The American Chamber of Commerce said on Monday it was concerned that the United States was lagging behind after 15 economies in the Asia-Pacific region on Sunday formed the world’s largest free trade bloc, cementing China’s dominant role in regional trade.
The Chamber welcomed the trade liberalization benefits of the new Regional Comprehensive Partnership Agreement (RCEP), saying that US exporters, workers and farmers need greater access to Asian markets. But she said Washington should not join the bloc.
RCEP covers 30% of the global economy and 30% of the world’s population, joining for the first time the Asian powers China, Japan and South Korea. In the coming years, it aims to gradually reduce customs duties in many areas.
The United States is absent from both the RCEP and the successor to the Trans-Pacific Partnership (TPP), leaving the world’s largest economy from two trade groups covering the world’s fastest-growing region.
Myron Brilliant, the chamber’s executive vice president, said the Trump administration has moved to counter unfair trade practices by China, but has only secured limited new opportunities for US exporters in other parts of Asia.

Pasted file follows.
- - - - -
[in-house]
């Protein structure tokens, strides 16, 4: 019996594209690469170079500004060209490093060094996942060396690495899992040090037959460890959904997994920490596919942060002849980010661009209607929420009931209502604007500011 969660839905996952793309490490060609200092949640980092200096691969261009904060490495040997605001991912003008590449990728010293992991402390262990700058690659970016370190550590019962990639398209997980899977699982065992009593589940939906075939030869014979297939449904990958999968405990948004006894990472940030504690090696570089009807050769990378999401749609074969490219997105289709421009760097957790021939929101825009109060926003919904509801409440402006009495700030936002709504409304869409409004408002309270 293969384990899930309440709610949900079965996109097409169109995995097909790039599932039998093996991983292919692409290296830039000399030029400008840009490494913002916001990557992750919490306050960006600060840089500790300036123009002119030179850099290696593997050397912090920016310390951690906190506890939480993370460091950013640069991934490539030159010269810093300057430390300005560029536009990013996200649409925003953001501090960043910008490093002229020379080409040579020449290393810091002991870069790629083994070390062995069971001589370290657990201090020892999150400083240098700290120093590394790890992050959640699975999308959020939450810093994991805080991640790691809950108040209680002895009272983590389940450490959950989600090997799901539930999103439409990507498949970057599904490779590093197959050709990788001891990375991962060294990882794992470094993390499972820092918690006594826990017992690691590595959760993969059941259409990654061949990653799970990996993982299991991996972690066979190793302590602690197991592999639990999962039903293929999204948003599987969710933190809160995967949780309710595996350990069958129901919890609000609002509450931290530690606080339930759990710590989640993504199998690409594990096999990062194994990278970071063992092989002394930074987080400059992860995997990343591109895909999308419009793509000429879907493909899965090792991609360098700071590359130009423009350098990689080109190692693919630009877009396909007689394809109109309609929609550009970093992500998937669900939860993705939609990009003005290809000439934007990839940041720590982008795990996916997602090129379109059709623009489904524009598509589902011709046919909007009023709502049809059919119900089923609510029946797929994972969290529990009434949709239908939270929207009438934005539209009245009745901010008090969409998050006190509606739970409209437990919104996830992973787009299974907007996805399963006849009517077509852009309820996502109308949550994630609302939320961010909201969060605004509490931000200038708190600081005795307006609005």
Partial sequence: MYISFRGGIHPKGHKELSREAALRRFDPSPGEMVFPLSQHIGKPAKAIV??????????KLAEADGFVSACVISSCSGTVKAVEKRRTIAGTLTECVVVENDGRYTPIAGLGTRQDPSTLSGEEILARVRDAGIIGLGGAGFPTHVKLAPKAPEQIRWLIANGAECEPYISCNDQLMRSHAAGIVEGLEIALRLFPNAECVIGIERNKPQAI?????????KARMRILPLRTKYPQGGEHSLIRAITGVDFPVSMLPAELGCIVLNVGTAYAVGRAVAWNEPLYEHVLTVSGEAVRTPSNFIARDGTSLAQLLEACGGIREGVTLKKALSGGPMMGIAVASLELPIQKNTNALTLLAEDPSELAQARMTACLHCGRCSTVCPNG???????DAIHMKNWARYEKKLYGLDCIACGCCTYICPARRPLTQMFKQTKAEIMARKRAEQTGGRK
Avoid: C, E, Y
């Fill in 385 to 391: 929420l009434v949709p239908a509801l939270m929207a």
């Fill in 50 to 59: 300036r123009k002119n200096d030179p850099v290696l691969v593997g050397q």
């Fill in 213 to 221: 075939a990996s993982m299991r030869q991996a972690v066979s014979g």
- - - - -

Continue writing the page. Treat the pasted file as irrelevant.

President Donald Trump withdrew in early 2017 from the Trans-Pacific Partnership Agreement, negotiated by his predecessor Barack Obama as part of the United States’ axis towards Asia. Brilliant said Trump has not entered into any comprehensive new trade deals in Asia since then.
“Given RCEP’s shortcomings, we do not recommend the United States to join,” Brilliant said, without going into details. “The United States, however, should adopt a more forward-looking strategic effort to maintain a robust American economic presence in the region.”
Brilliant noted that US exports to the Asia Pacific market have increased steadily in recent decades, but the market share of US companies has decreased.
He stressed the importance of the Asia-Pacific market, citing expectations that require an average growth rate of over 5% in 2021 and a rapid expansion of the middle class.